ORIGINAL ARTICLE| Volume 1, ISSUE 1, P68-82, June 2007

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Thinking in Clinical Nursing Practice: A Study of Critical Care Nurses' Thinking Applying the Think-Aloud, Protocol Analysis Method

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      The purpose of the paper is to discover the patterns and processes of decision-making in clinical nursing practice.


      A set of think-aloud data from five critical care nurses during 40 to 50 minutes of caregiving in intensive care units were obtained and analyzed by applying the procedures recommended by Ericsson and Simon for protocol analysis.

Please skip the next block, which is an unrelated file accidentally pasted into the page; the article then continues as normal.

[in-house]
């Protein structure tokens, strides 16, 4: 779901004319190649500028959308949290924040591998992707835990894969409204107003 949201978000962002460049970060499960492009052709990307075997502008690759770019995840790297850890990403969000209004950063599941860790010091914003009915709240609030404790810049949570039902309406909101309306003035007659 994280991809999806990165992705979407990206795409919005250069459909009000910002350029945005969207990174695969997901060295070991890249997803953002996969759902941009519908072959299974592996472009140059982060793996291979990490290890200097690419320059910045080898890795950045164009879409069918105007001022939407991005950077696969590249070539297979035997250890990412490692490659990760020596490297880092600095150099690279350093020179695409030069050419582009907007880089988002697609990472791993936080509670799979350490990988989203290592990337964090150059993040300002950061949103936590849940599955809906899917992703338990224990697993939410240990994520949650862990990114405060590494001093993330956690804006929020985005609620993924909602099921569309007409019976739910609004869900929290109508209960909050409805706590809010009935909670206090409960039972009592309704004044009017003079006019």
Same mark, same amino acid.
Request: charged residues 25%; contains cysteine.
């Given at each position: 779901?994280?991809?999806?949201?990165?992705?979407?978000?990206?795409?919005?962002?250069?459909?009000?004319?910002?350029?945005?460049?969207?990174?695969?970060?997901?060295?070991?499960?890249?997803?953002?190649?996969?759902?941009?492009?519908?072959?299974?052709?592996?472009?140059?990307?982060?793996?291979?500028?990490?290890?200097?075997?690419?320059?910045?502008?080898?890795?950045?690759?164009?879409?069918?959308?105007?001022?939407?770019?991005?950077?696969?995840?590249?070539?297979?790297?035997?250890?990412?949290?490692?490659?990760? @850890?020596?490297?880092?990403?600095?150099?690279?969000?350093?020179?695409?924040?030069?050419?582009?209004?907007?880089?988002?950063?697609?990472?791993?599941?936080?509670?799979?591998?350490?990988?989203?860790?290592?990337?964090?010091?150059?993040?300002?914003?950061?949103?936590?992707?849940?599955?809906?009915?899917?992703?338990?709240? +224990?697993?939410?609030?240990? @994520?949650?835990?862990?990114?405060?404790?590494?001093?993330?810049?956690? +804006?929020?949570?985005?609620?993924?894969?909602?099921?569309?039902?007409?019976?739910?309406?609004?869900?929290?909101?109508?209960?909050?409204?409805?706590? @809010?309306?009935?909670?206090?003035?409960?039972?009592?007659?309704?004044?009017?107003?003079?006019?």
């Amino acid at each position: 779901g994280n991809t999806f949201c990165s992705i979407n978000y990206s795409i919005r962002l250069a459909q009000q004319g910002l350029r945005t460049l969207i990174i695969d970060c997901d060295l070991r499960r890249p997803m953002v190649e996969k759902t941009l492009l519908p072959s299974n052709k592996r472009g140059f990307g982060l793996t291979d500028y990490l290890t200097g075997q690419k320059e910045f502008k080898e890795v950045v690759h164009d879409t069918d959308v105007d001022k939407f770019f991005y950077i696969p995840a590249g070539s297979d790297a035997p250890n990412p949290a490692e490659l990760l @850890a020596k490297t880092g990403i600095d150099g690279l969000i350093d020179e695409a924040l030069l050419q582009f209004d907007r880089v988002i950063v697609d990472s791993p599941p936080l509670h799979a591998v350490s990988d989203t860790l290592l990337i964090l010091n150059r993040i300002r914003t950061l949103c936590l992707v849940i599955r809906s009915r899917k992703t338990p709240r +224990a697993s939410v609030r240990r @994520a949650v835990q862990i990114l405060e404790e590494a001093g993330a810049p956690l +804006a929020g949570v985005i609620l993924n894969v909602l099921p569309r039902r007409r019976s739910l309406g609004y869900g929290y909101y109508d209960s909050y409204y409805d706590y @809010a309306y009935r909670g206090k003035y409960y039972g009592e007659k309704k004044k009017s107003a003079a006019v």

Four thinking processes before acting were identified to constitute various sorts of thoughts in which the nurses were engaged during patient care: reviewing, validation, consideration, rationalization, and action. In addition, three patterns of sequential streaming of thinking (short, intermediate, long) were identified to reveal various ways the nurses dealt with clinical situations involving nursing tasks and responsibilities.


      This study specifies the initial categories of thoughts for each of the processes and various patterns with which these processes are sequentially combined, providing insights into the ways nurses think about problems and address their concerns. The findings suggest that the thinking in clinical practice involves more than focused decision-making and reasoning, and needs to be examined from a broader perspective.

      Key Words


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